A joint statement from the Academy of Medical Royal Colleges, the British Medical Association, NHS Confederation, NHS Providers, the Royal College of Nursing and UNISON.
The remarkable dedication and efforts of health and care staff throughout the COVID-19 crisis across all staff groups have been recognised by the public and by Government.
We are now moving into the next phase of managing the pandemic. As organisations which represent NHS staff and employers we consider that a public commitment to tackling the longstanding NHS and care workforce problems that were evident before and which the pandemic has re-enforced in a systematic and sustained manner is the way to repay the dedication of health and care staff. Without this, the service will not be able to meet the needs of its patients.
The NHS People Plan for England, devised with input from staff and employer organisations, provided a framework for solving our fundamental workforce issues. Understandably its publication has been delayed and may need to be reframed as well as ensuring it is directly relatable to the workforce. However, we must now move forward and begin to implement a new approach to our workforce.
The issues that need urgent implementation are:
- Ensuring the wellbeing of the workforce. With staff wearied and traumatised from coping with COVID-19 and now facing a huge backlog of work, this is particularly crucial. Active national support through a sustained and coordinated approach to mental health and wellbeing is essential for the recovery period if staff are to be retained and remain engaged
- Flexible working arrangements and at work facilities. We must realise the ambition to make the NHS a great place to work. Every NHS organisation needs to find practical ways of ensuring healthcare careers are attractive and rewarding for all their staff. Staff must be valued for their contribution through opportunities for flexible working, improved workplace facilities which promote health and wellbeing and third, reward and benefits
- Increasing the supply of workforce. Additional staff are required across the healthcare professions, with a nationally recognised priority in nursing, and measures to address this through increased recruitment to training, use of those volunteering to return, broader international recruitment (without doubt likely to be harder post-Covid) and a commitment to better retention practises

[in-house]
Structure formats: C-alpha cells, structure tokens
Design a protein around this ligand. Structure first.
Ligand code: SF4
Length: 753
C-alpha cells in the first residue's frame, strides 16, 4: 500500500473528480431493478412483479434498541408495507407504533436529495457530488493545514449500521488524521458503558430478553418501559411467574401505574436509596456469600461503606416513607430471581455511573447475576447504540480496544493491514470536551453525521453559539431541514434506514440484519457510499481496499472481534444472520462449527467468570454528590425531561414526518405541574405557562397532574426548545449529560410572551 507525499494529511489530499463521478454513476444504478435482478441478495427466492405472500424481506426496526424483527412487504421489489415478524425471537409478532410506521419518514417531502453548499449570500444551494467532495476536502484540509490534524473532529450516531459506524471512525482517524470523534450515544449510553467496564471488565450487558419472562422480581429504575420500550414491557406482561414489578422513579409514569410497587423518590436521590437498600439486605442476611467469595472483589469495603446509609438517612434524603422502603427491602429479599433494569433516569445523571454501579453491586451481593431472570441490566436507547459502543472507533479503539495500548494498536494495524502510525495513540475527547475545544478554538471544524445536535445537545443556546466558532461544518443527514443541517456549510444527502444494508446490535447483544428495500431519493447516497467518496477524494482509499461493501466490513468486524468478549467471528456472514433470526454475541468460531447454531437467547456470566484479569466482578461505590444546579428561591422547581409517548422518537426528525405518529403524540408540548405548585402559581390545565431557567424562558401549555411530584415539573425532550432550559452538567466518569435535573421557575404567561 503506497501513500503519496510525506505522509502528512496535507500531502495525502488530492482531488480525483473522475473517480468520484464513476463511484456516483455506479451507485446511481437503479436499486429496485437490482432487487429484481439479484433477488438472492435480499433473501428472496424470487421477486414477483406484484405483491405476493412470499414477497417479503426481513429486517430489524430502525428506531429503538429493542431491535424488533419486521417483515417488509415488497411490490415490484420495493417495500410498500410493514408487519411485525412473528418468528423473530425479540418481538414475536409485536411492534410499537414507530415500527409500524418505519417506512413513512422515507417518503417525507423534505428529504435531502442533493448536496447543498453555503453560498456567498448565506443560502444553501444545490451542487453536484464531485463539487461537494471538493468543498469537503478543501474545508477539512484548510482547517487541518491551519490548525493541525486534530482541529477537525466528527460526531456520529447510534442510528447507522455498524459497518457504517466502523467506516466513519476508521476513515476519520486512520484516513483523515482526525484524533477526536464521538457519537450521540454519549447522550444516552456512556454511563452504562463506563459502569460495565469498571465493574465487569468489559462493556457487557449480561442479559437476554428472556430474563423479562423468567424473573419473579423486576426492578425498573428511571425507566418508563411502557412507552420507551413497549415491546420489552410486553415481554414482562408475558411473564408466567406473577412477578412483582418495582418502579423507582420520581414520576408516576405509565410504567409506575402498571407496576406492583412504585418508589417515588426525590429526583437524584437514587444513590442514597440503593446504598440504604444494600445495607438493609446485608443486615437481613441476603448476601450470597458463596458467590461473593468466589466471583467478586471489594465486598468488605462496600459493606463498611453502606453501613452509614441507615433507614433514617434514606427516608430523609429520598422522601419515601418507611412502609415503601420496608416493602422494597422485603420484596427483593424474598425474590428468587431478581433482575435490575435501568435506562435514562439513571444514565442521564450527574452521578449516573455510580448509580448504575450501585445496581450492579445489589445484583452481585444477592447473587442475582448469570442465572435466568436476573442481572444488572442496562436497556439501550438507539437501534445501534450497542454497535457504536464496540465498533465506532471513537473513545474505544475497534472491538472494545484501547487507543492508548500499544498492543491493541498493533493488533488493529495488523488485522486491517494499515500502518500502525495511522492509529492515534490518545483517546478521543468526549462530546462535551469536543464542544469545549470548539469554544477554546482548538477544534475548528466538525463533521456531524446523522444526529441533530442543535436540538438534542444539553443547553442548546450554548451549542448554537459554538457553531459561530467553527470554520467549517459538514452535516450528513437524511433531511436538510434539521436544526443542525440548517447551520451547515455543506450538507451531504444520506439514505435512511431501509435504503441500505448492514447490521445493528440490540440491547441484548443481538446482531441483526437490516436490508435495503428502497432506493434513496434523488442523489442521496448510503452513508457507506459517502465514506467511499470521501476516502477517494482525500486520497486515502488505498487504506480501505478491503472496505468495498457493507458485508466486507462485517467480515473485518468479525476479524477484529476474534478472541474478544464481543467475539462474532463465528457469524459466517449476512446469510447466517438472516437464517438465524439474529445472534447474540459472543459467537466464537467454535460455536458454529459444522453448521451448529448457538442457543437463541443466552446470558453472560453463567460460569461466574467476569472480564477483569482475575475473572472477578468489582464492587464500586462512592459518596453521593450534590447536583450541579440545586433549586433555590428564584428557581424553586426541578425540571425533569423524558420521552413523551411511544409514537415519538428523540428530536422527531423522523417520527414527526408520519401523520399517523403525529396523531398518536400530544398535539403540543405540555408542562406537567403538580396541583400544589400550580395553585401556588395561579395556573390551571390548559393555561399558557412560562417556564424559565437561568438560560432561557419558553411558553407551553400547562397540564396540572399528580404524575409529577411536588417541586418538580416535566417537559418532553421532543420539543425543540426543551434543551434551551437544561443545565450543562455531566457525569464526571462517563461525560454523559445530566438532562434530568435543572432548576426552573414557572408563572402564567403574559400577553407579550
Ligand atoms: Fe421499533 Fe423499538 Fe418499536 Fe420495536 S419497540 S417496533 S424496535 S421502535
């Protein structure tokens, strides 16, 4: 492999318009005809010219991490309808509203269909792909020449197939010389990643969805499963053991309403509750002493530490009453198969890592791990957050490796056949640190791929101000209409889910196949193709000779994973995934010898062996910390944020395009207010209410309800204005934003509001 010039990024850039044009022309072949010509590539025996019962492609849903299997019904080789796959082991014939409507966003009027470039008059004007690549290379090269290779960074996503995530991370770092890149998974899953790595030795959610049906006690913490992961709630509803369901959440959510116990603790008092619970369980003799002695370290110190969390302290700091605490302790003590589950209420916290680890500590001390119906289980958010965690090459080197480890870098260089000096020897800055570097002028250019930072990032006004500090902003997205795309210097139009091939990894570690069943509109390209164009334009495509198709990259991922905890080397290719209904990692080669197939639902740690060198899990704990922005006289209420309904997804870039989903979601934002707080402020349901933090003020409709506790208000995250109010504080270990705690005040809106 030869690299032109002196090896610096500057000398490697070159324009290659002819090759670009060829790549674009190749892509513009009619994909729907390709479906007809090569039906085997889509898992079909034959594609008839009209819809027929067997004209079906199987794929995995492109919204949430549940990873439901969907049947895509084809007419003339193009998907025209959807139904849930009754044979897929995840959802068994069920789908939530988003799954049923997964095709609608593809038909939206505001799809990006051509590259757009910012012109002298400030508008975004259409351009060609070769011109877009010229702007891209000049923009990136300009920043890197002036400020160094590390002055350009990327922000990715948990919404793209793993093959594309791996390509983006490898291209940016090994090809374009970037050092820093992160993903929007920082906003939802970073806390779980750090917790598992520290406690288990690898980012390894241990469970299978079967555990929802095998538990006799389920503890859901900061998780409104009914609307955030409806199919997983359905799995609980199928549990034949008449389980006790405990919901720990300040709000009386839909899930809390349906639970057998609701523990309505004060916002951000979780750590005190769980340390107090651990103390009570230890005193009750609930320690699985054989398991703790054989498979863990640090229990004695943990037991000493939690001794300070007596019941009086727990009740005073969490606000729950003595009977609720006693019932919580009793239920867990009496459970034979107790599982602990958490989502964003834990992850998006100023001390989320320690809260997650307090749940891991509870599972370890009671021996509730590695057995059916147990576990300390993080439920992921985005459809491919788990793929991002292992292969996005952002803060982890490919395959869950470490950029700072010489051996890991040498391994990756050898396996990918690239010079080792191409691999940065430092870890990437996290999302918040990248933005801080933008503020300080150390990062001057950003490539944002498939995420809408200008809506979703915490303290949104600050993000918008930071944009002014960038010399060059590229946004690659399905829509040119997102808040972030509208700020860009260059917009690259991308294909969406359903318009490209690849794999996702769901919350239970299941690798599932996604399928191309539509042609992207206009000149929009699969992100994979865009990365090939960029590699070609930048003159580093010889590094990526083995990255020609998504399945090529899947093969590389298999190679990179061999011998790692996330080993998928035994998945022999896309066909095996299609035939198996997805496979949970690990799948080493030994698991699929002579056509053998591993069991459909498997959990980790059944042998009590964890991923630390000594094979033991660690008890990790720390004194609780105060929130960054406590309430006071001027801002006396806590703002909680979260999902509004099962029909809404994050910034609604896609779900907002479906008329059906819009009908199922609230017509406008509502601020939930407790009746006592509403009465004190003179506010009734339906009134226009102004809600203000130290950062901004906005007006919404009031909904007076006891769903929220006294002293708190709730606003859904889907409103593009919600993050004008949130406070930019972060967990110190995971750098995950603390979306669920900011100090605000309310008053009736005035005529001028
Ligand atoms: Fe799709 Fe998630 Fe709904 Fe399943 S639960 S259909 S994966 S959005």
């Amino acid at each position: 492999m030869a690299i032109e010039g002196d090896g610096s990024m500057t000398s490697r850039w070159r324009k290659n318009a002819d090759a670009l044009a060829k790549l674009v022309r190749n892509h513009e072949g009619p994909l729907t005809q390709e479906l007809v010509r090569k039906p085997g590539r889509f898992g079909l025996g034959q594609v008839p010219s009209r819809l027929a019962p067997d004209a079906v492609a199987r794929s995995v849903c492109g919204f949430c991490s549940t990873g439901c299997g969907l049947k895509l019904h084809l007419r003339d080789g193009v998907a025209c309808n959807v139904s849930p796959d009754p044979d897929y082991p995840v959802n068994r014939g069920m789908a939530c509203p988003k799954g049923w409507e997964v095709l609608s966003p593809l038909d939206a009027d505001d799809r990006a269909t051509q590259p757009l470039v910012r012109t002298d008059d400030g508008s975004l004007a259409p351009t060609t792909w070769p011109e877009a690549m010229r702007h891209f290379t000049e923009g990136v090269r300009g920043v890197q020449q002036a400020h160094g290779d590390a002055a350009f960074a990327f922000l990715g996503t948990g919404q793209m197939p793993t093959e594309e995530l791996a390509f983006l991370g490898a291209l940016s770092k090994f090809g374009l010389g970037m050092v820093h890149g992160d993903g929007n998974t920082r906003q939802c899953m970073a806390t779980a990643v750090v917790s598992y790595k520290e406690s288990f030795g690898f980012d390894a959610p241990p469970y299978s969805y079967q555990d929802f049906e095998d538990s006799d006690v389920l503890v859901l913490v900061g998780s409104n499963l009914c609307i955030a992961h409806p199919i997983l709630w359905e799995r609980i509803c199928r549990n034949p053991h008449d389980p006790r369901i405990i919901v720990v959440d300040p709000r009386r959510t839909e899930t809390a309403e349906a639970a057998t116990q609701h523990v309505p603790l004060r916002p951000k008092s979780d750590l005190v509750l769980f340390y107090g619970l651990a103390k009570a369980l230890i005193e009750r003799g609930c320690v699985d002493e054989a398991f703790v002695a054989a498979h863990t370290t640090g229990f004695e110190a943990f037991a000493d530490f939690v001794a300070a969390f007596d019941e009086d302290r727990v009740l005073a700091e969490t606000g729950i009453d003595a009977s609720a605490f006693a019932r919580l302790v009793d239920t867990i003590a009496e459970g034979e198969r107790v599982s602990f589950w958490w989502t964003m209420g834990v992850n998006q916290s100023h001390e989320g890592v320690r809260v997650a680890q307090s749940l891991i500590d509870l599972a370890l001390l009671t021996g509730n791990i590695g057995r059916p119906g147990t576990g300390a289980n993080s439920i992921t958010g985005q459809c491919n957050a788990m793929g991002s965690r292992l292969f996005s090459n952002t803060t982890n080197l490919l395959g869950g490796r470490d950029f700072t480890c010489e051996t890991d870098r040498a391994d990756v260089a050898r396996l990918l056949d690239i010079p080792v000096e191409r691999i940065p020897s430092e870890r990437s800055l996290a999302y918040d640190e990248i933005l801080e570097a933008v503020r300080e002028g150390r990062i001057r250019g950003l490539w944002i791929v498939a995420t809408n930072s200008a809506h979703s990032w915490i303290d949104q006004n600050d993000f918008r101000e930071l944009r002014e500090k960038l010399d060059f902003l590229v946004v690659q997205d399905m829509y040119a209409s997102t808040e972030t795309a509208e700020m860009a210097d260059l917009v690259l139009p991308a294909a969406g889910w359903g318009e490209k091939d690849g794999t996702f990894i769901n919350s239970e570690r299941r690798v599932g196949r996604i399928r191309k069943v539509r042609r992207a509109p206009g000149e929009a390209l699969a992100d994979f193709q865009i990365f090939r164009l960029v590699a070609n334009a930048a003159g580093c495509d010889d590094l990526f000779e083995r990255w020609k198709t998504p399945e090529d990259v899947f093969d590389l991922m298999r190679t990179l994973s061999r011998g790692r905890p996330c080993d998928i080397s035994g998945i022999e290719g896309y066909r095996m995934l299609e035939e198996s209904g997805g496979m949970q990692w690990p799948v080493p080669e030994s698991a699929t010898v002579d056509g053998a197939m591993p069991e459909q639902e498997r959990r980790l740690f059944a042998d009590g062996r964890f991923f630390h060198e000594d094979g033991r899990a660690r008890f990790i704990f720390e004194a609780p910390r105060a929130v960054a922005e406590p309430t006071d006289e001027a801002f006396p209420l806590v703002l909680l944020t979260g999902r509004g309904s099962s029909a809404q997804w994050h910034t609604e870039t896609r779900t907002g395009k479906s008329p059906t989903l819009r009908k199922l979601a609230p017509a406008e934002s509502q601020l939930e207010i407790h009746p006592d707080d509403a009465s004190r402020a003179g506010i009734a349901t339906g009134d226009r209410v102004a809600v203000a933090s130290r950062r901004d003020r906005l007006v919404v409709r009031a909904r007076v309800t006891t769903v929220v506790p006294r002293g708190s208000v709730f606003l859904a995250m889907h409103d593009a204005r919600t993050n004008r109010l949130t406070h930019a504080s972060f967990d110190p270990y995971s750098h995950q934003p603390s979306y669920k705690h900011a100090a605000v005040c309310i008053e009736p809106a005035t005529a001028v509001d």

- New ways of working and delivering care. Tackling COVID-19 has shown that an array of innovative methods of delivering care and working are effective and can be activated quickly. The positive developments in this area must be captured and built on with time and support for training and development of multi-disciplinary working in and across primary / secondary / community care enabled through better technology
- Leadership. The Interim People Plan recognised the crucial importance of strong, diverse and compassionate leadership at all levels and how this is important for an inclusive, personcentred culture. During the past 3 months clinical leadership has gained traction as it has been permitted to deliver long needed change in the delivery of care. What this looks like and how it can be further implemented needs to be articulated and executed for long term benefit.
Emerging from this stage of the COVID-19 epidemic and managing its aftermath will present huge challenges to the NHS and wider care system, its staff and for Government, all of which will have to be addressed in time.
However, representing staff and employers we are united in believing that tackling these workforce issues is the best recognition of the hard work and dedication of NHS during the pandemic and also will be essential if the NHS is to deliver for its patients in the months and years ahead.
The President of Royal College of Physicians and Surgeons of Glasgow, Professor Jackie Taylor, has welcomed the joint statement published today by the Academy of Medical Royal Colleges, the British Medical Association, NHS Confederation, NHS Providers, the Royal College of Nursing and UNISON. She said:
“This statement sets out the key issues requiring urgent implementation to support the health and care workforce. COVID-19 has brought the wellbeing of the workforce into sharp relief – staff are fatigued and traumatised by the pandemic and it is essential, over the coming months, that all staff feel supported. The urgent requirement to restart planned care cannot be achieved by asking doctors to work in an unsustainable way. There are huge workforce, recruitment and retention issues to resolve. Flexible working arrangements and increasing the supply of workforce are key areas that need to be addressed.
“Achieving this will require strong, diverse and compassionate leadership at all levels, as well as innovative and new ways of working and delivering care. By working together to achieve these common goals we have the best chance of success.”